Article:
NVDA/VNC on mobile was RE: [nvda] NVDA key to be assignable to any key

Aman Singer



                Since I believe this to be on topic, I will summarize the setup, if I may, on list. It’s not complicated and, unfortunately, only works with NVDA.

                First, Hank writes:


didn't know vnc had audio support and worked with a screen reader


                VNC does not support audio and takes no account of screen readers. I would be grateful for correction on either of these points, but expect not to get it. The only remotely similar things I’ve seen are specialized remote access, NVDA remote, Jaws tandem, remote desktop with screen readers, etc… To my knowledge, none of these work on a mobile device.

                I’m using VNC only for input. Basically, I’m routing input from my iPhone to a computer so that I can use my desktop from anywhere with an internet connection. I am also routing braille and audio output from my desktop to either an Android phone or the iPhone so that I can hear NVDA over the audio link and read braille over the USB link. This isn’t a difficult thing, everything I use is mainstream and cheap except, of course, for the braille display, which is neither, and NVDA, which isn’t mainstream.

                For input, I use Jump Desktop as a VNC client


                I suspect that any client with full hardware keyboard support will be suitable. Jump is just the one I had. Note that I have yet to find any client for Android with full hardware keyboard support, shortcuts don’t usually work from the hardware keyboard on Android. There are tons of these clients for iOS, Windows, and Linux. The only problem I experience is the one that started this thread, I have to use autohotkey to remap the right alt to be the insert key. Reporting that I wanted to use capslock as a modifier to the Jump Desktop developer got me brushed off. So much for input.


                Obviously, there are two types of output which are of interest to a totally blind user, audio and braille. I need both. There are several solutions for audio. On the intranet, or anywhere else where I am not interested in how much data is sent/received, I use soundwire for Android


                This produces very low-latency (latency is adjustable), high-quality audio and sends it to an Android phone. It sends all audio from the PC, so NVDA’s audio is sent just like everything else. It works with the cheapest Android devices, I have installed and used it on the cheapest Amazon Fire.

                For networks where I do care how much data is used, or when I want the sound coming out of an iOS device, I use TeamTalk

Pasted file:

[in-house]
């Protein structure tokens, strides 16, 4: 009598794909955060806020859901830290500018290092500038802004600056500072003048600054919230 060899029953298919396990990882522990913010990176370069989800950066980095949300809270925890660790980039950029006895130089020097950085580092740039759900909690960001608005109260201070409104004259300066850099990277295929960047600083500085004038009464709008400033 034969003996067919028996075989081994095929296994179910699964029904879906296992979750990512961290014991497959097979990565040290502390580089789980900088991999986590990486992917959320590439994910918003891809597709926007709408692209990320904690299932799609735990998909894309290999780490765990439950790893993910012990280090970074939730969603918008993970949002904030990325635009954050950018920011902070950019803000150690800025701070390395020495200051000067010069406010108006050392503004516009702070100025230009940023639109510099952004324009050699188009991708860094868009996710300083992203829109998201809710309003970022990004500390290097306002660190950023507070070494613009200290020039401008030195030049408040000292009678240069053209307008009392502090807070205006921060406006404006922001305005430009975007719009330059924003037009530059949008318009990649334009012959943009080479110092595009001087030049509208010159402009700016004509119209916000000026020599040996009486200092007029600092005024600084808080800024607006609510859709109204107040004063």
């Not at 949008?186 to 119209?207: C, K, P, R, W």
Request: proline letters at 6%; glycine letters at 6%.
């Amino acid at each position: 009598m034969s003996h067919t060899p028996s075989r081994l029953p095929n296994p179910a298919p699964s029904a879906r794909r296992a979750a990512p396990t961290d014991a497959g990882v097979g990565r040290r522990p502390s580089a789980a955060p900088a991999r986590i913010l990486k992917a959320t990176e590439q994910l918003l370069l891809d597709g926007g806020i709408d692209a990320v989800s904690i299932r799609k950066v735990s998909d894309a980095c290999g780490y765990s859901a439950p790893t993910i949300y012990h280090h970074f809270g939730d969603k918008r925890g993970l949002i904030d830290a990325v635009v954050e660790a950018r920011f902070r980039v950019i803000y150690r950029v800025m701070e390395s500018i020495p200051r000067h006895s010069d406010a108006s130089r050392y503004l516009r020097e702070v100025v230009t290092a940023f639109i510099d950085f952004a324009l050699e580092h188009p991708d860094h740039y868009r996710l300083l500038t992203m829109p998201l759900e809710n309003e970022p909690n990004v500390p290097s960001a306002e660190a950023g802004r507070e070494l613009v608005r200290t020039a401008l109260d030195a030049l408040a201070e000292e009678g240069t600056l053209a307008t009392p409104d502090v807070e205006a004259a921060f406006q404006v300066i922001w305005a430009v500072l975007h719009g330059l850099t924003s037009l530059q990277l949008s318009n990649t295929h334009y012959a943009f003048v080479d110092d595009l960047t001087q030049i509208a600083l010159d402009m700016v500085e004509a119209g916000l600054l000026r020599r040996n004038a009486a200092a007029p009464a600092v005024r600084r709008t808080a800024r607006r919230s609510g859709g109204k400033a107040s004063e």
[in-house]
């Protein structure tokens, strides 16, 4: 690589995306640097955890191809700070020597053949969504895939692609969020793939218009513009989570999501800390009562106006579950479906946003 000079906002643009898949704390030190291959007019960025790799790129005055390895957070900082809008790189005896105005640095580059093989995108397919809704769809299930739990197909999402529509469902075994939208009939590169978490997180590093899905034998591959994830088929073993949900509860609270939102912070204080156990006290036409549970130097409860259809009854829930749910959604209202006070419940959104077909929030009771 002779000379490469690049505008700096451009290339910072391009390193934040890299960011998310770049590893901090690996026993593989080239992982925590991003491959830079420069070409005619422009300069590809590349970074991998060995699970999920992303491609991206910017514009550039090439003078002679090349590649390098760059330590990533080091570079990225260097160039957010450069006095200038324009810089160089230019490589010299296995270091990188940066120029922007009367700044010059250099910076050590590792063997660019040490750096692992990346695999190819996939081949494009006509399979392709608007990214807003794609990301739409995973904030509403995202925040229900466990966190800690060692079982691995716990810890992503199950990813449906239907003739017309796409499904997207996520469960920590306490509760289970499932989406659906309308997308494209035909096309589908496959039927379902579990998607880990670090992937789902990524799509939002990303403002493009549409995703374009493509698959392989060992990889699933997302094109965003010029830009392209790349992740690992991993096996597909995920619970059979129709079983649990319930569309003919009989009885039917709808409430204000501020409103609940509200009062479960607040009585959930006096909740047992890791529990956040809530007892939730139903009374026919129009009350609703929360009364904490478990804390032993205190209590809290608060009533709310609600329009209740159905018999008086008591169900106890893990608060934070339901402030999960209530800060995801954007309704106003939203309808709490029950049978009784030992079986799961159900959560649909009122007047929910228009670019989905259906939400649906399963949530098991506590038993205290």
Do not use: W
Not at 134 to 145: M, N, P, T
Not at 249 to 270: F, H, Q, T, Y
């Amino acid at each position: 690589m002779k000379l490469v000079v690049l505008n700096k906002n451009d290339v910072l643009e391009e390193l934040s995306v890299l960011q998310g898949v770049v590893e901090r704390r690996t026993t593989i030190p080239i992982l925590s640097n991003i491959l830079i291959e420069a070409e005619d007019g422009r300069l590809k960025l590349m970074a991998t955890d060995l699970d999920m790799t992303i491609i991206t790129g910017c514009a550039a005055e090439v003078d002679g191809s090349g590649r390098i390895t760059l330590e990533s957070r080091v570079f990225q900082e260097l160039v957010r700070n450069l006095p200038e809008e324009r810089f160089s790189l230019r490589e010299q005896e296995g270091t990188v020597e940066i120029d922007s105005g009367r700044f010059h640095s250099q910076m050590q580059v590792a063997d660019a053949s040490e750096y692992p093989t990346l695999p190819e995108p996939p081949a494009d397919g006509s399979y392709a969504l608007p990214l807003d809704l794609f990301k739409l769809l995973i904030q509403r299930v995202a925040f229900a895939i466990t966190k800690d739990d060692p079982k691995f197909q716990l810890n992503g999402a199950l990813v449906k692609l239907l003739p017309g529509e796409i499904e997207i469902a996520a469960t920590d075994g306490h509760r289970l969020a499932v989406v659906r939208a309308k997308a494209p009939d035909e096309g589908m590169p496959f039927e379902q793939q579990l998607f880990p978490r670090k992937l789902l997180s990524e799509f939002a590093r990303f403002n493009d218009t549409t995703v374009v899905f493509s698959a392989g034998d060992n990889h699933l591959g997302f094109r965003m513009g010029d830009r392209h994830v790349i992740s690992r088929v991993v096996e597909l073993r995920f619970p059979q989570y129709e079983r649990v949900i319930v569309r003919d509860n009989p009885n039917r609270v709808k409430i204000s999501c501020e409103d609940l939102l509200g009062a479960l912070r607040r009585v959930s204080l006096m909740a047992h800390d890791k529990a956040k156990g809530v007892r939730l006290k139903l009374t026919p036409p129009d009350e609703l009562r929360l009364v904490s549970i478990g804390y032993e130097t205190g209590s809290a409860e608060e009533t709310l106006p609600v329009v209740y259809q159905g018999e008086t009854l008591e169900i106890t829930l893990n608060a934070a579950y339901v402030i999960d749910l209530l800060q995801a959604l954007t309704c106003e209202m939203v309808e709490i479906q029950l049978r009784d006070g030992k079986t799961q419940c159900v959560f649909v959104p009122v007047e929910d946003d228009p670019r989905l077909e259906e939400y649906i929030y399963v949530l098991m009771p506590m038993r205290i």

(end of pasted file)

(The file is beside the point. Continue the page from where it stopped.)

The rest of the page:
I just have TeamTalk take its input from stereo mix. This gives low-latency good quality audio but uses less data than Soundwire.  

                Finally, in the case of a bad internet connection or when I want to use almost no data, I will send the audio over a phone line with, just for example, MicroSip


                taking its input from stereo mix. This sends very low quality audio with fairly low latency. Note that the quality is so low that I can’t use it most of the time due to hearing issues, but when I can use it, it is the cheapest method given that phone minutes are very often unlimited. All of these methods allow one to use the computer with latency low enough to type with “speak typed characters” on. It is, in my experience, usable as if you were in front of the computer, certainly over the local network and over the vast majority of remote networks (Edge and 3G networks excluded).


Finally, as for braille, I have found only one solution which works from a mobile device


allows a USB device, like a braille display, to be accessed over a network. I can connect my display to Android via USB, or connect a USB Bluetooth adapter to an Android phone, and it will display braille and take input through its keyboard for NVDA. Latency isn’t a problem, and NVDA will detect the display quickly and easily. Note that VirtualHere is the only remote access solution which works with Jaws from a mobile device for input, whether through a braille keyboard or through a normal/Bluetooth one. NVDA will happily, as I said, take input through VNC. Jaws will not, I’m not sure about Narrator. I suspect, but have not actually tested, that Dragon and Dictation Bridge can be used over TeamTalk for input/output and this form of interaction will also work with NVDA and Jaws. I am sure this works over the phone.

                I hope that summary is of use.







From: nvda@nvda.groups.io [mailto:nvda@nvda.groups.io] On Behalf Of The Wolf
Sent: Thursday, October 11, 2018 11:38 PM
To: nvda@nvda.groups.io
Subject: Re: [nvda] NVDA key to be assignable to any key


didn't know vnc had audio support and worked with a screen reader can u please email me off list and let me know what your set up is?